by Kristin Johns
April 13, 2010
Last week’s flap over the suspension of the Gardasil vaccination program in India left many people shaking their heads. While four girls did indeed die post-vaccination (although not immediately post-vaccination) and some side effects, including epilepsy, were reported, the Indian Council of Medical Research (ICMR) has concluded that none of the deaths were due to the vaccine. Two deaths were due to poisoning, or suicide, they said; a third was due to drowning, and the fourth to pyrexia (fever) of unknown origin.
Naturally the average mind is going to throw up a few warring questions about the motivations and actions of both those promoting the program and those—families and activists—who are calling for a halt to it. But it’s India. We may never know what truly happened.
The risk/benefit scenario for Gardasil
But here’s the thing. In the US, if a woman follows an intelligent, conscious lifestyle, the risks of the HPV vaccine probably outweigh the over-hyped benefits. In India, the risk/benefit scenario is entirely different. Cervical cancer is the number one cause of death for Indian women; the disease burden is huge. Although a cheap, low-tech test involving vinegar could save more than 100,000 lives annually if funded, the stark reality is that it isn’t. The likelihood that all those women will get this test every year or two over decades is remote; it’s even more unlikely that the government will get truly serious about cervical cancer by promoting regular Pap smears and HPV tests for all women.
Despite the fact that India’s status as a fabulous medical tourism destination (see here) has spawned excellent hospitals that legally must, and do, also give health care to indigent Indian citizens; despite the fact that India’s government is using boom money to try to alleviate the truly dreadful living conditions of many of its citizens—well, many women just don’t have regular access to health care.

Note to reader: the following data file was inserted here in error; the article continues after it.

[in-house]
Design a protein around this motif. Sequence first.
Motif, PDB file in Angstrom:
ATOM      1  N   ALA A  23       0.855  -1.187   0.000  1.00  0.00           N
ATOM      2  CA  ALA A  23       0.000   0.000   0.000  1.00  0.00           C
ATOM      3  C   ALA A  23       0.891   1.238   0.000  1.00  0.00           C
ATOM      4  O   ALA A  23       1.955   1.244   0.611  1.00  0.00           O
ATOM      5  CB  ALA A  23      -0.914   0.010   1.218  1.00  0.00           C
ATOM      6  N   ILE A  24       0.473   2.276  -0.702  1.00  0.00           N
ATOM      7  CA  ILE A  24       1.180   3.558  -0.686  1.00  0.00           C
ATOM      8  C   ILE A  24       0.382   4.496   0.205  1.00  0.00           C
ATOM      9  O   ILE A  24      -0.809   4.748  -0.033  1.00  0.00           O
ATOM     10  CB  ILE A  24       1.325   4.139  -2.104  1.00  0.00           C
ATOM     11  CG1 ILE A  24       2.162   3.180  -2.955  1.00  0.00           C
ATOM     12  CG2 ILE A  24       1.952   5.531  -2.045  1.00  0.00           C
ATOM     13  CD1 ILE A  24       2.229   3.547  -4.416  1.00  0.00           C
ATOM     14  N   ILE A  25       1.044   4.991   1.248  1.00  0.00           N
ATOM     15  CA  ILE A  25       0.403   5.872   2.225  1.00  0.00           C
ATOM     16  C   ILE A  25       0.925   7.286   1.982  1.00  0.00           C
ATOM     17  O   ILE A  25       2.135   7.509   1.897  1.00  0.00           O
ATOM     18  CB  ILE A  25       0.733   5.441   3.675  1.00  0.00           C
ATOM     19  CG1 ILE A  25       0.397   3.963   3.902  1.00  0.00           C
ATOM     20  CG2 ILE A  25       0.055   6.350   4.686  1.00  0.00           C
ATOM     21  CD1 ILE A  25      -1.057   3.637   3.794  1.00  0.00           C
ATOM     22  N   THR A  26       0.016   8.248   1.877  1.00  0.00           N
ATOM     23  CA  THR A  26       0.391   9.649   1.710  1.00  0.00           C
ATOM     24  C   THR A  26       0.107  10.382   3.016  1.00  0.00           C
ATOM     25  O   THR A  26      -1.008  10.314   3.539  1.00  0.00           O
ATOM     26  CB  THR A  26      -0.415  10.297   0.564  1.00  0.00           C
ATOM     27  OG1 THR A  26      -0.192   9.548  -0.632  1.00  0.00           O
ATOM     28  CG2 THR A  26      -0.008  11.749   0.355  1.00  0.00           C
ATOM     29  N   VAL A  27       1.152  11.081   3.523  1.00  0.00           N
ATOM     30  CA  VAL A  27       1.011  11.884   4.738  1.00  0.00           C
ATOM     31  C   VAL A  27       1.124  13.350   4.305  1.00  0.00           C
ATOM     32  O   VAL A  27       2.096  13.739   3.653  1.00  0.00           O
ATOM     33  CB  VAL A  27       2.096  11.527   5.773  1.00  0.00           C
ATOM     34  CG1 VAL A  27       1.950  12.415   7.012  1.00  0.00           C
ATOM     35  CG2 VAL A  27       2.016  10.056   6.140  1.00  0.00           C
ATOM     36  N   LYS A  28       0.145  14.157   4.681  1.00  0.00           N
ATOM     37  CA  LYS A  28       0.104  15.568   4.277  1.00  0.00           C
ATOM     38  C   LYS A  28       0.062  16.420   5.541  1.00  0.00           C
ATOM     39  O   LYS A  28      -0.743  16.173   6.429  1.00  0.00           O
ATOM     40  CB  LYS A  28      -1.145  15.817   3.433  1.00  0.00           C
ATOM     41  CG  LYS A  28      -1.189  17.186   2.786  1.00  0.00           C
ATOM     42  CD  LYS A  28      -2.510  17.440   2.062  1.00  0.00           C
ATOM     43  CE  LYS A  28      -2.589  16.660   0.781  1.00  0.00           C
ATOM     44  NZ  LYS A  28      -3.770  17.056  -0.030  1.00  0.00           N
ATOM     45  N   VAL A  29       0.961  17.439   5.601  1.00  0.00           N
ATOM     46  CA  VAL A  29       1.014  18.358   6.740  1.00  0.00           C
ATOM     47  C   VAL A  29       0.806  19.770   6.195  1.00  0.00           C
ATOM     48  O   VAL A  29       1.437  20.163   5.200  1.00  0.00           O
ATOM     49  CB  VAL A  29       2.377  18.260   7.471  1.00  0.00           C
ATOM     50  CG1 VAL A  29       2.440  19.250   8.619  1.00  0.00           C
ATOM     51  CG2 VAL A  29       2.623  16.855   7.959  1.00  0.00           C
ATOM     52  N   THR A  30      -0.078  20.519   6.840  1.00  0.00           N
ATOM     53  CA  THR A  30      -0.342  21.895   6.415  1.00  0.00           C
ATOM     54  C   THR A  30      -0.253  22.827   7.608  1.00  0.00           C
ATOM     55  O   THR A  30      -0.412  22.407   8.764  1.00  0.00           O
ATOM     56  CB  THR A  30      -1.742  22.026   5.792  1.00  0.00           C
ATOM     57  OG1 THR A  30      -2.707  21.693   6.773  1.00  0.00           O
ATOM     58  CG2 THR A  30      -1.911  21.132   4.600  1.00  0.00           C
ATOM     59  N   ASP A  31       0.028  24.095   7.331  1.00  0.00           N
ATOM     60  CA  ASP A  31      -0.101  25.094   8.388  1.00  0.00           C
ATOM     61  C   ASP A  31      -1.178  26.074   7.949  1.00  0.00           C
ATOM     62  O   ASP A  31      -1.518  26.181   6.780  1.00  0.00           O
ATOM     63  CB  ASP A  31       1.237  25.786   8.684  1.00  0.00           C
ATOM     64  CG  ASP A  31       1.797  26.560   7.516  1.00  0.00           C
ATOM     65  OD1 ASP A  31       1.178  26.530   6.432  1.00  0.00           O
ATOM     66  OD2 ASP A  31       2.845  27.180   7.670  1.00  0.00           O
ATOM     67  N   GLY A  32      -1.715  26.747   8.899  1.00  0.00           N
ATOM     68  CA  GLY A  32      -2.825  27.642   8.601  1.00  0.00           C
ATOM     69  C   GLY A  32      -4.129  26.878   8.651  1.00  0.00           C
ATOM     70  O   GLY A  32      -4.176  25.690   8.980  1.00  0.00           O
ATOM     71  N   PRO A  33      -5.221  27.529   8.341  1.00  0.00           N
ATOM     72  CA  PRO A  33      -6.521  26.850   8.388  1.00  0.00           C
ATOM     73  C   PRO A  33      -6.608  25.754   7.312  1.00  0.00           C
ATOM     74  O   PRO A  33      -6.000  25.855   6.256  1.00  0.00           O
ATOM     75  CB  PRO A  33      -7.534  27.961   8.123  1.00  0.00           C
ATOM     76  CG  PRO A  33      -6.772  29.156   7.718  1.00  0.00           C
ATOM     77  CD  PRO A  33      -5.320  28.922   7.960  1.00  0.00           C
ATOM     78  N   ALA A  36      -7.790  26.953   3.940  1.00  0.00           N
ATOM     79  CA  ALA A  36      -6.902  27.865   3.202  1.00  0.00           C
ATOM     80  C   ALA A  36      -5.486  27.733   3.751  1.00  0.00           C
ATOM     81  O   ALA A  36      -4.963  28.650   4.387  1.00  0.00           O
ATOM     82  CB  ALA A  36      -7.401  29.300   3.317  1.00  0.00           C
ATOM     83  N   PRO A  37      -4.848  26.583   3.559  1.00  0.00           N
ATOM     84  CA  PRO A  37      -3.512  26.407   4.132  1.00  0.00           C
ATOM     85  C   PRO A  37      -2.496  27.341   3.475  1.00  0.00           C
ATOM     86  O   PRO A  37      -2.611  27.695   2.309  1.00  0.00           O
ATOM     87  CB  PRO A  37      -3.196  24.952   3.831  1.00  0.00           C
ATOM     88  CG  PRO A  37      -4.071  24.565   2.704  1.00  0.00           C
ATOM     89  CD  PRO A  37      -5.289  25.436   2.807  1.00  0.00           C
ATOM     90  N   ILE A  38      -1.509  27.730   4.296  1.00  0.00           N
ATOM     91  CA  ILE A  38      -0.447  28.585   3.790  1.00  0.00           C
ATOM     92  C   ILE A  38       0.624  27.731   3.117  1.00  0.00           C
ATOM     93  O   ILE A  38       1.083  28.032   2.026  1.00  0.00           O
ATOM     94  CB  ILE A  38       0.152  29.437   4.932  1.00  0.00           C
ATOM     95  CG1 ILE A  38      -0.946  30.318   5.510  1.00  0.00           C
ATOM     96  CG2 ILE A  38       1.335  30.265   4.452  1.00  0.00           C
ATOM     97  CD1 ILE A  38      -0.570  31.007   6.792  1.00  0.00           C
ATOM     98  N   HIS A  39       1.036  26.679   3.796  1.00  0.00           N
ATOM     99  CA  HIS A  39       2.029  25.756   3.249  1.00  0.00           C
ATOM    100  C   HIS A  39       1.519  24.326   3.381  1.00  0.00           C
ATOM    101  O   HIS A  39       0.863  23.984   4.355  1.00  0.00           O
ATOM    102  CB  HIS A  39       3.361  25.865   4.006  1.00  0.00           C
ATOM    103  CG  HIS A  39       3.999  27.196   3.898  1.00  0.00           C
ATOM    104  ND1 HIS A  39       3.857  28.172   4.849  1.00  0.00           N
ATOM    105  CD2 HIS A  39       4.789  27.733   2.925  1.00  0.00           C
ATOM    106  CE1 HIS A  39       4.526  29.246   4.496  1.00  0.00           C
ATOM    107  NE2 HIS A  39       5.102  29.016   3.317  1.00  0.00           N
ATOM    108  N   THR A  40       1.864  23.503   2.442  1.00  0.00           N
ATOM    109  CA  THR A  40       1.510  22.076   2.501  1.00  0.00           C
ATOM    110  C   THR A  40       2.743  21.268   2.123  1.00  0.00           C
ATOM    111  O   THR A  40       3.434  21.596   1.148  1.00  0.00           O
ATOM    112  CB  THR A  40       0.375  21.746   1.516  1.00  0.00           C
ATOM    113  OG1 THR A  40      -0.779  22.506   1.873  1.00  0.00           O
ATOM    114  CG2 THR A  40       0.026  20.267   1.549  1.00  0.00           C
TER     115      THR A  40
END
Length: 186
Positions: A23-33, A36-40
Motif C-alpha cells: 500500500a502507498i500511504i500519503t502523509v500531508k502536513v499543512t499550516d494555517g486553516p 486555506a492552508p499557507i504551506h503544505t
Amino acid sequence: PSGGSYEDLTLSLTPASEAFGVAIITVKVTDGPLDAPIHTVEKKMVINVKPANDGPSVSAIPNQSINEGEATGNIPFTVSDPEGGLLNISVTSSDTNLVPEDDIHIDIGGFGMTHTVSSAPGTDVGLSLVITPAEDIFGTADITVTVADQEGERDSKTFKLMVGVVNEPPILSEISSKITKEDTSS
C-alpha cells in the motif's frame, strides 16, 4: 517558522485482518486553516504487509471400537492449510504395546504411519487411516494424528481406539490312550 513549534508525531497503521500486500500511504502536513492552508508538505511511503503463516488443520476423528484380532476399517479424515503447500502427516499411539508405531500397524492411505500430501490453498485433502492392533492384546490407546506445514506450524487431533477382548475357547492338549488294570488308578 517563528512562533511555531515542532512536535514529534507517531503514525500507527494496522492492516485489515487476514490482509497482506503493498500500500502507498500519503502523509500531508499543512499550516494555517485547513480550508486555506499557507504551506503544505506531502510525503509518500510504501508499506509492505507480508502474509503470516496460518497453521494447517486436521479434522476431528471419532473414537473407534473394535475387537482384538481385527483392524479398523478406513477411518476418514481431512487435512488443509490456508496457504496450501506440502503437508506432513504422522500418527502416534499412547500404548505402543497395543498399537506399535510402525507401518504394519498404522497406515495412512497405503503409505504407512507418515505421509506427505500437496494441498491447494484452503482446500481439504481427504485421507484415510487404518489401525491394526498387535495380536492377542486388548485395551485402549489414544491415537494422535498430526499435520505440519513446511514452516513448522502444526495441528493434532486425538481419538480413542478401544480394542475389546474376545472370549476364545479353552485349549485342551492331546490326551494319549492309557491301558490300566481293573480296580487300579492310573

Even though HPV vaccines do not appear to be nearly as effective as they’re made out to be, vaccination would almost certainly be worthwhile for those women. Shame on activists like Brinda Karat for not considering the facts.
What Karat did get right is the ethical issues of informed consent—and those issues are no less important here.
According to Karat, Gardasil was dramatically oversold to the impoverished “tribal” girls and their parents. Some of the participants in the trial didn’t even understand the language used in the pamphlets and by the administrators.
“The process of licensing the vaccine in India raises many serious questions,” she further contended at a press conference, “as time and again scientific logic and the ethical guidelines have been violated at each step.
“Our law clearly states that no trials of drugs can be conducted among children before trials are conducted on adults, and the vulnerable sections of society cannot be used for human trials.”
It’s a little tenuous to suggest that Merck was experimenting on particularly vulnerable sections of society this time around, given that Gardasil has been approved for use in many developed countries since 2006. But that informed consent thing? Spot on. And it’s true in the US, too.
I’m tired of women being treated, and allowing themselves to be treated, like complete idiots. A good doctor should lay out the facts—this is what HPV is, this is how the immune system deals with it, this is how your lifestyle affects your immune system, this is what happens when the immune system DOESN’T get rid of HPV. This is what the vaccine can and can’t do. This is how effective it’s been so far (17-45 percent in preventing cervical abnormalities from all strains of HPV). These are the known side effects, these are the ones that are reported but not proven.
Just tell us the damn truth. Many of us will decide that the potential benefits outweigh the possible risks. Some will decide the opposite. Some will choose to do whatever the doctor recommends. But whatever we decide, we’ll be making an honest, informed, choice. Don’t we deserve that? And shouldn’t we demand it?
For more info about pros and cons, see here .
Brilliant article – Kristin raises a good point – if we do not have informed consent – how can we make informed decisions…..?